The seven stages of summer in Reykjavík


As you may have heard we here in Reykjavík must have done something really bad to piss off the weather gods this year because our summer has been disappointing to say the least . I heard a meteorologist (you know, the weather man) say the other day that the long time memory of Icelanders was failing them because apparently in historical context this summer isn’t that bad. I think he must have consumed some happy pills before going on air.

Below you will find some of the emotions I’ve gone through this summer when it comes to the weather.

1. Shock or Disbelief

After 10 days of Israeli summer, where most days I was pretty much melting, I landed at Keflavík Airport in pouring rain and wind that would blow a troll out to sea. In May I had driven around Iceland in rain and snow and was convinced that when I would be back from my stint in Israel, summer would be here. I was wrong. On the flybus on the way back from the airport I called the boyfriend, in a state of shock and horror, and asked him to meet me at the bus stop with my parka for the short walk home. June 18th, I thought to myself, should I need a winter coat in the middle of June?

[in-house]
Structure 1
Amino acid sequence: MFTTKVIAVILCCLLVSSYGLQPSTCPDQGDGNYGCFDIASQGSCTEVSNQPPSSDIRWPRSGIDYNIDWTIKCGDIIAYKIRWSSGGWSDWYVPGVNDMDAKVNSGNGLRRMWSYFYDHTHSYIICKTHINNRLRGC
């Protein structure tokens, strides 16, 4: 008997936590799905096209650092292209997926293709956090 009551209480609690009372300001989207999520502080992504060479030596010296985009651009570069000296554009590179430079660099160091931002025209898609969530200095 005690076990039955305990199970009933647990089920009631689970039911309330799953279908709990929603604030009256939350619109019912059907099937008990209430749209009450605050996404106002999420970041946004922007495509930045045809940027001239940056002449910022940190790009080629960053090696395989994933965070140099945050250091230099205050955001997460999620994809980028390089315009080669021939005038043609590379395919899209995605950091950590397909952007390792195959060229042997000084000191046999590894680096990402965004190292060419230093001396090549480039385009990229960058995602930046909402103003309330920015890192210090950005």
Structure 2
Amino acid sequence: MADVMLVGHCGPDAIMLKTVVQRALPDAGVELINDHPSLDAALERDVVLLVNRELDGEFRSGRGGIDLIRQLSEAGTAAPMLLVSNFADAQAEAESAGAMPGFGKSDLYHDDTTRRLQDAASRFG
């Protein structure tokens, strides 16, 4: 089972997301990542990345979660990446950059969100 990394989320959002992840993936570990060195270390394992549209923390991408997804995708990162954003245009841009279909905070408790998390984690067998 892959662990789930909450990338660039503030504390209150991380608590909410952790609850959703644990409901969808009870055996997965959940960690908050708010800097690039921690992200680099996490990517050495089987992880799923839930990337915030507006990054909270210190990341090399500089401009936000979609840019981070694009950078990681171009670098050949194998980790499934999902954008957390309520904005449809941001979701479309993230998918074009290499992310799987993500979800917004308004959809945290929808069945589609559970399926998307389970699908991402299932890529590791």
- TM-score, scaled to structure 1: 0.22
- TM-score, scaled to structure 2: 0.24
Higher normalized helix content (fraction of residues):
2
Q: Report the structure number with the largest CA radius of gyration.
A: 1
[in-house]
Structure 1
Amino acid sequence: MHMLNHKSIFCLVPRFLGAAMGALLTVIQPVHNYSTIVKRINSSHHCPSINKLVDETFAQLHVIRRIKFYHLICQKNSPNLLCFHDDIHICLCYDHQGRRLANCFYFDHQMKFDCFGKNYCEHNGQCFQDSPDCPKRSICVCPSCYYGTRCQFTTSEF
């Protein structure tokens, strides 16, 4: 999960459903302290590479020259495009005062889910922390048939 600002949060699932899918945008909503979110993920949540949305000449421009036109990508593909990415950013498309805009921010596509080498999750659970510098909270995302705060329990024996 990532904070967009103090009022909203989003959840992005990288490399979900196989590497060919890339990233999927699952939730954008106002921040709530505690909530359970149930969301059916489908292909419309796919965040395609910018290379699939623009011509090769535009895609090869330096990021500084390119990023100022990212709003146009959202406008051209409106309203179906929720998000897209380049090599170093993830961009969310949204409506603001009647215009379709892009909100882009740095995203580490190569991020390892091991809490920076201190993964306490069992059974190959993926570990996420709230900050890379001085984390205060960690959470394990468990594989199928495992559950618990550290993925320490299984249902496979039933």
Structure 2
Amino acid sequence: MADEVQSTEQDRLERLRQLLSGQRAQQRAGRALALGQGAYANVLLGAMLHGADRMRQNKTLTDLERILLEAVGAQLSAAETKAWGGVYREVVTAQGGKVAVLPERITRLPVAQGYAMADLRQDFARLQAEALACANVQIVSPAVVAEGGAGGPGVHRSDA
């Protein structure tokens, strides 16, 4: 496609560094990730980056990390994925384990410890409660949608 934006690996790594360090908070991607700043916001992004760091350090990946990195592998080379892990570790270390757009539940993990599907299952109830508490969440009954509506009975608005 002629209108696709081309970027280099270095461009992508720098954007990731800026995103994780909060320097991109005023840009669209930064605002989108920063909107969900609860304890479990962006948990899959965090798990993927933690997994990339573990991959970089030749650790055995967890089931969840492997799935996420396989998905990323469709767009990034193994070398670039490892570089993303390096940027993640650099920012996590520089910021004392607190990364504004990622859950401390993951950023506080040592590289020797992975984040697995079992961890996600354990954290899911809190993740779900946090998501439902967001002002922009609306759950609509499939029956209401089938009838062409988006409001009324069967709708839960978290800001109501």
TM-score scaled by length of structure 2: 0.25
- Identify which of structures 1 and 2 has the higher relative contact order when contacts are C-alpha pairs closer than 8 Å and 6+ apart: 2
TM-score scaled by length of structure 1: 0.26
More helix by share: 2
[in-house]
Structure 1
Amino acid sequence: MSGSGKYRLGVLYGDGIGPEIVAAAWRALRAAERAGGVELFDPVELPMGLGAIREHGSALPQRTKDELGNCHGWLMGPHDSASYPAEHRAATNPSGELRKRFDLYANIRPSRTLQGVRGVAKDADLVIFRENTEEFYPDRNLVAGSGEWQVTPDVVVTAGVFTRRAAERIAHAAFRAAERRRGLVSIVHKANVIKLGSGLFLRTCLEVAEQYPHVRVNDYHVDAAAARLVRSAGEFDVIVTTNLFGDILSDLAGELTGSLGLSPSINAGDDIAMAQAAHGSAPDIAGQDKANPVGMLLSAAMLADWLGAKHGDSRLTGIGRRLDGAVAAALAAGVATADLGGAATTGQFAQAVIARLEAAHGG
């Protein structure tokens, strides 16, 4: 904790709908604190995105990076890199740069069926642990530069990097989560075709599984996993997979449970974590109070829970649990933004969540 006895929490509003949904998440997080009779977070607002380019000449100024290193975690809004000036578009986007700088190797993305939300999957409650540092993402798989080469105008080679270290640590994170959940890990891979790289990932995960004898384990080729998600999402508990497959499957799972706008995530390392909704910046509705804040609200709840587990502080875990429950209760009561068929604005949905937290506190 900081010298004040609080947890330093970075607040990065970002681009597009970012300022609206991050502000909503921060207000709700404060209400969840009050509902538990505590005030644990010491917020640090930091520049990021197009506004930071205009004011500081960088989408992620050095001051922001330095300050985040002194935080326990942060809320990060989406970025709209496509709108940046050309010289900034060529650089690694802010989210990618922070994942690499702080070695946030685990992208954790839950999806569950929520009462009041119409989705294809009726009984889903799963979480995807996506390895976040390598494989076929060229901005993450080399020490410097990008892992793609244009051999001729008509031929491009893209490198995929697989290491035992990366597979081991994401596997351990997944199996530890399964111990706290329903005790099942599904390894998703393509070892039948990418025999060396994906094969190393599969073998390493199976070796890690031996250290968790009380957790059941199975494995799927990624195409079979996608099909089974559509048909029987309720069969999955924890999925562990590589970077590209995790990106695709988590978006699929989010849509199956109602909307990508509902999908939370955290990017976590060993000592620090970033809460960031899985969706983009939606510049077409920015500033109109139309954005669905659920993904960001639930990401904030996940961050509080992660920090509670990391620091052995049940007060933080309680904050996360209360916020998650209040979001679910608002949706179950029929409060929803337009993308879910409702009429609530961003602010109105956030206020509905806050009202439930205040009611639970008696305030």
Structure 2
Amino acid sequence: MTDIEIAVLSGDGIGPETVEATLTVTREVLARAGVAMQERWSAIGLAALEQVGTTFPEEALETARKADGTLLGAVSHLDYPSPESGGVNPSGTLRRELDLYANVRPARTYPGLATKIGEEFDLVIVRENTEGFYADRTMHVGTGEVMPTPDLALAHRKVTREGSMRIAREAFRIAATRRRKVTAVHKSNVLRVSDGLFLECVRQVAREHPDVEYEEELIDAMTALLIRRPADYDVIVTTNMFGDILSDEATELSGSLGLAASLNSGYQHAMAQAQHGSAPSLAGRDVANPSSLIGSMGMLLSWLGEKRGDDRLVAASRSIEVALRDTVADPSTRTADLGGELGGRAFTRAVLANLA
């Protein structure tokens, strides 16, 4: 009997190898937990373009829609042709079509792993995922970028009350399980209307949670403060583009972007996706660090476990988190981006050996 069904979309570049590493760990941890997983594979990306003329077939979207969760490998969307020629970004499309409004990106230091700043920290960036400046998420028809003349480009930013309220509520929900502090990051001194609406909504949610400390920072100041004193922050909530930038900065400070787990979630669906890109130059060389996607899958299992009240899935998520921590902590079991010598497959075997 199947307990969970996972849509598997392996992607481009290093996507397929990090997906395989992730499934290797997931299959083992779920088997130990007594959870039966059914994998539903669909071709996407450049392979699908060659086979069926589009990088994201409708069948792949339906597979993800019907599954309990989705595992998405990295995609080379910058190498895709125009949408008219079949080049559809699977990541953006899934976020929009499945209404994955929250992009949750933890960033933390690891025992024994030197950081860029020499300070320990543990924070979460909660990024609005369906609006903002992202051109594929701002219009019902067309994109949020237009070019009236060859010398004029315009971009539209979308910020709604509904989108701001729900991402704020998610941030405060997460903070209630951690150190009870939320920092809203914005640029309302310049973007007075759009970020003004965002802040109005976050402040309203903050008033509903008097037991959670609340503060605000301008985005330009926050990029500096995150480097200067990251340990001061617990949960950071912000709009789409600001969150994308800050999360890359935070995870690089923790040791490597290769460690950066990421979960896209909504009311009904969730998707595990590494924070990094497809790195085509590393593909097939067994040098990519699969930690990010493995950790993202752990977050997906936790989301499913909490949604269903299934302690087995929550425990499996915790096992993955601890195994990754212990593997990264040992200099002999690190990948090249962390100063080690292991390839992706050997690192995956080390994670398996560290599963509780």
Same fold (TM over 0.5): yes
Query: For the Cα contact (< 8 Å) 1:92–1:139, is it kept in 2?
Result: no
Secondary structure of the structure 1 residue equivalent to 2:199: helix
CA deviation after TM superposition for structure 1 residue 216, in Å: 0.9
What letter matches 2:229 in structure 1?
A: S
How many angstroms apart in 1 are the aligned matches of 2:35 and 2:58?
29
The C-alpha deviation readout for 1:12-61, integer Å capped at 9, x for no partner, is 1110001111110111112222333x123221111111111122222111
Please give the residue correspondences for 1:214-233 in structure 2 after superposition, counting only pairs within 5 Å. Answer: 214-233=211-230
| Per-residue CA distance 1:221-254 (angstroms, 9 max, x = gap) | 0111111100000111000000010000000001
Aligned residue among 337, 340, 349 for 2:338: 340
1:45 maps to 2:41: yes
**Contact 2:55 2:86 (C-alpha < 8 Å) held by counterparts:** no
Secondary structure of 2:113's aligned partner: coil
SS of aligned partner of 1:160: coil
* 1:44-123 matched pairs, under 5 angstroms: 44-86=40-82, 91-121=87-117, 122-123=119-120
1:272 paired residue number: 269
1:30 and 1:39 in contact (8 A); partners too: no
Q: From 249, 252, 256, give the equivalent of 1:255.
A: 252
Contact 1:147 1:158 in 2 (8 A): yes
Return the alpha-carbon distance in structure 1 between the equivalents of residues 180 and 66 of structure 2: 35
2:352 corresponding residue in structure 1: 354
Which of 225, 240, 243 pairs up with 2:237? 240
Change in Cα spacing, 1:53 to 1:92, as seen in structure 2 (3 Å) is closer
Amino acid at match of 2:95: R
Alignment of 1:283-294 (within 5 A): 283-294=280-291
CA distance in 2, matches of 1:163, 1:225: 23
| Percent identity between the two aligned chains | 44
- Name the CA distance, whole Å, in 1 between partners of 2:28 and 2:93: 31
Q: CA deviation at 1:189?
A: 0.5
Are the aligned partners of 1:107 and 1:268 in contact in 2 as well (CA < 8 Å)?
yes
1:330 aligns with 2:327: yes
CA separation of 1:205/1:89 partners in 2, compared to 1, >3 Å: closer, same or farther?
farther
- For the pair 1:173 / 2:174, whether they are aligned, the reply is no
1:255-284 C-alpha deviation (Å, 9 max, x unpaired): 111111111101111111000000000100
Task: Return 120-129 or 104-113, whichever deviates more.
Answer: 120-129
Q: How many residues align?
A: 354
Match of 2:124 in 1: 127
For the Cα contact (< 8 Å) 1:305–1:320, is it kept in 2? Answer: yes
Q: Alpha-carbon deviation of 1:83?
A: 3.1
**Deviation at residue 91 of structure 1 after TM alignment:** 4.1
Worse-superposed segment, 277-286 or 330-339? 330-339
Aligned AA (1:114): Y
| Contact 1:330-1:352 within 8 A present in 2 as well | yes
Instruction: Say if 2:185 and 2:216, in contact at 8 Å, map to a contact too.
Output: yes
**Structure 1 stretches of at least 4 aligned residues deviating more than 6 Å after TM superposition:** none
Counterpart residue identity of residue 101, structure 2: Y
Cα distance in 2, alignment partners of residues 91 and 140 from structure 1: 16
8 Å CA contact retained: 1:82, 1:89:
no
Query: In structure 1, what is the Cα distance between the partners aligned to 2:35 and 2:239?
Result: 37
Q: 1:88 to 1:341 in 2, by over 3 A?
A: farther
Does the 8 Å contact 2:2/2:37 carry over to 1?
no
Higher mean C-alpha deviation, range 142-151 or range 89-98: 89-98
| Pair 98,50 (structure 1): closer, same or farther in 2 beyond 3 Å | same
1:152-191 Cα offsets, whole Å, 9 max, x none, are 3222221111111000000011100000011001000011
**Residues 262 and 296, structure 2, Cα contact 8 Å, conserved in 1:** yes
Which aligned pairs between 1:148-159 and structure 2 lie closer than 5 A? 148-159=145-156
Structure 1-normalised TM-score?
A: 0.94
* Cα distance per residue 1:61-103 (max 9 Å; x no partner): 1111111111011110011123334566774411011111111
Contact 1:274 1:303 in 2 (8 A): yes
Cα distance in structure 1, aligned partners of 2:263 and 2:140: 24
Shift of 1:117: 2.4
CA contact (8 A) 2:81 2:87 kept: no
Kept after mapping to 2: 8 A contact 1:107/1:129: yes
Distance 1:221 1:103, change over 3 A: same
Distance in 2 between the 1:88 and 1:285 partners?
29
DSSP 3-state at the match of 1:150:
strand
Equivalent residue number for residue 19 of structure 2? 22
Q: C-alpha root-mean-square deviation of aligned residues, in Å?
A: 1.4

2. Denial

When I got back I decided to ignore the fact that the temperatures were more like March than June and pranced around the city wearing only a t-shirt and cardigan while the tourists in their goritex and woolen socks (maybe they read my post about how to dress in winter and concluded summer in Iceland is like winter everywhere else) looked way more appropriately dressed. I got a few strange looks. It’s summer, god damn it, what’s wrong with these idiots?

3. Anger

My Facebook stream has been filled with angry Icelandic weather comments so far this summer and I can’t say that I’m entirely innocent of taking part in that. I was also starting to resent my friends abroad who kept posting happy bikini photos of people frolicking in the sun and considered deleting them all from my friends list. The day started with a grumpy rant before I automatically put on my raincoat before going out, without even checking whether I needed it. I just knew. Stupid rain. Stupid Icelandic summer. I’m moving!

4. Bargaining

Dear weather gods. If you fix this mess I will do something good for human kind. I will also take better care of the plants in the garden and promise never to complain about the weather again. Seriously. Never.

5. Guilt

To be fair the summer hasn’t been a complete bust, there has been a day or two (or at least half a day – right?) where the sun has graced us with its presence. Unfortunately I was stuck inside working for most of those moments and now that it’s clear this summer isn’t getting any better I feel very guilty about not using those few precious hours of sunshine better. Why didn’t I go the pool? Why did I wear long pants and closed shoes? Why didn’t I get a job outside? Actually – phew! Why? Why? Why?

6. Depression

I’m not going outside ever again. Period.

7. Acceptance